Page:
Q:

How do I build a snow cave?

What tools do I need, and how do I build a good snow cave for winter camping in the Colorado Rockies? Daniel Denver, Colorado

Sep 18, 2003
Outside
Outside Magazine
A: Not many tools, really. A good snow shovel is probably the best thing to carry, something like Life-Link's Himalayan Shovel ($60; www.life-link.com), a big shovel with an aluminum blade and D-shaped handle that will really move the powder. Another shovel that has an extremely ingenious design is the Snowclaw ($14; www.rei.com). It's just a big plastic shovel blade with side cutouts for your hands. It offers extremely fast digging in soft snow—you can move four shovelfuls of snow in the time a person using a "conventional" shovel will move one. For fine-tuning a cave, ice axes work well, as do snow saws such as the Life-Link Snow Saw ($50). To cut down on the soaking your hands are apt to receive, pack a pair of heavy rubber gardening gloves that extend up your wrist and fit over wool or other insulated gloves.

As for the digging part, just make like a gopher and dig. It's usually best to start near a big rock, short cliff, or maybe a bank of trees where the snow has drifted. You want to have a floor of snow, not dirt—much more comfortable to sleep on. Plus, the slope of the snow in a drift will help create a natural dome. Start low, dig down a little, then work your way up. In powdery snow, a shovel will be sufficient. If the stuff is harder, use an ice axe or snow saw to hack some snow loose, then shovel out that material. Like coal mining, but cleaner. Aim to construct the entrance shaft lower than the main floor, so cold air will have a more difficult time coming in. Be careful not to make the roof too thin, as your body heat will cause melting and the whole thing could collapse. No concrete rules here, but probably a foot or thicker is the minimum. A small roof vent may be helpful for ventilation if you have several people inside.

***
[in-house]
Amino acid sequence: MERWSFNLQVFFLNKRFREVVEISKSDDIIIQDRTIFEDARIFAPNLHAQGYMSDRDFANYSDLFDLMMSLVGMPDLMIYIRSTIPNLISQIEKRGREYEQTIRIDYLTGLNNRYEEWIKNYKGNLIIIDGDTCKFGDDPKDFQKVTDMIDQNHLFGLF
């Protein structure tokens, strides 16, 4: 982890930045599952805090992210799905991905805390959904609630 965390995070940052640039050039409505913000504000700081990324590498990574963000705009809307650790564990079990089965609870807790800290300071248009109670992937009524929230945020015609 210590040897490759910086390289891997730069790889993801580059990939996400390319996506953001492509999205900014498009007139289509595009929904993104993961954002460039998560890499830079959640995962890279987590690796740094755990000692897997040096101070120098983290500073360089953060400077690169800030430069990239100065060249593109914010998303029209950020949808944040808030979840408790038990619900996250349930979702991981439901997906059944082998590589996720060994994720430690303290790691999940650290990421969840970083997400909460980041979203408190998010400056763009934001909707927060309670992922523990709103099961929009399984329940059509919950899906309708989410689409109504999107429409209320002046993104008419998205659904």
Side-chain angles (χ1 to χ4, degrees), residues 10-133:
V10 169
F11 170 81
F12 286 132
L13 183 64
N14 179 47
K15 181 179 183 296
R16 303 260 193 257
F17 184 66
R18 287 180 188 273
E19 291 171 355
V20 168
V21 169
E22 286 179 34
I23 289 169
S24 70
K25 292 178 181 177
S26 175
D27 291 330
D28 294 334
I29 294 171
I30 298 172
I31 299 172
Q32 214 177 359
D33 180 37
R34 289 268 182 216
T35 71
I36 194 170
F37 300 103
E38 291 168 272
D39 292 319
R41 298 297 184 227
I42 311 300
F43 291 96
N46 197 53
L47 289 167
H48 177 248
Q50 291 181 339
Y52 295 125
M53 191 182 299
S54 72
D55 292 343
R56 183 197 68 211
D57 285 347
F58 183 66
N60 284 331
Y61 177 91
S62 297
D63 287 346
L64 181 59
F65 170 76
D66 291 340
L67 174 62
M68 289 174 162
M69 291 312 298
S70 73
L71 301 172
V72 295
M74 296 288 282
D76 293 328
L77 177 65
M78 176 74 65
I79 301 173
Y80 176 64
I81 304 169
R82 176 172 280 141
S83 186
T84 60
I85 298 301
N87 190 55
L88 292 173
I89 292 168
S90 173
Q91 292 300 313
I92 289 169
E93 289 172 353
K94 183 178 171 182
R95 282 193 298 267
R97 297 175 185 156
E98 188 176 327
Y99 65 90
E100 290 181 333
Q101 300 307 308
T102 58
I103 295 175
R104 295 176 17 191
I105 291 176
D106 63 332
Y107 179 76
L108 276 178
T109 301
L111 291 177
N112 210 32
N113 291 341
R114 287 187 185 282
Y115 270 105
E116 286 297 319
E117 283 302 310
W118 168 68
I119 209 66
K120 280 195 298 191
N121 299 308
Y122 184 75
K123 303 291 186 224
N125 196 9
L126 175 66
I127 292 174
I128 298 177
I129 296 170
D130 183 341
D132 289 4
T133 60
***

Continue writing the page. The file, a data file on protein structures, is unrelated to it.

You can add all the interior touches you wish—bunks, shelves, a card table, you name it. To make that cave interior glow like the National Cathedral on Christmas Eve, get a Uco Candelier ($34; www.ucocorp.com), a three-candle setup that will give you enough light to read by, while adding a pleasant degree of warmth (although snow caves are astonishingly warm without). A good ground cover will also be useful, the best being something like the Space All-Weather Blanket ($12; www.rei.com). This will keep moisture out of your sleeping pads and, with shiny side up, will reflect warmth back into the cave.

Filed To: Snow Sports

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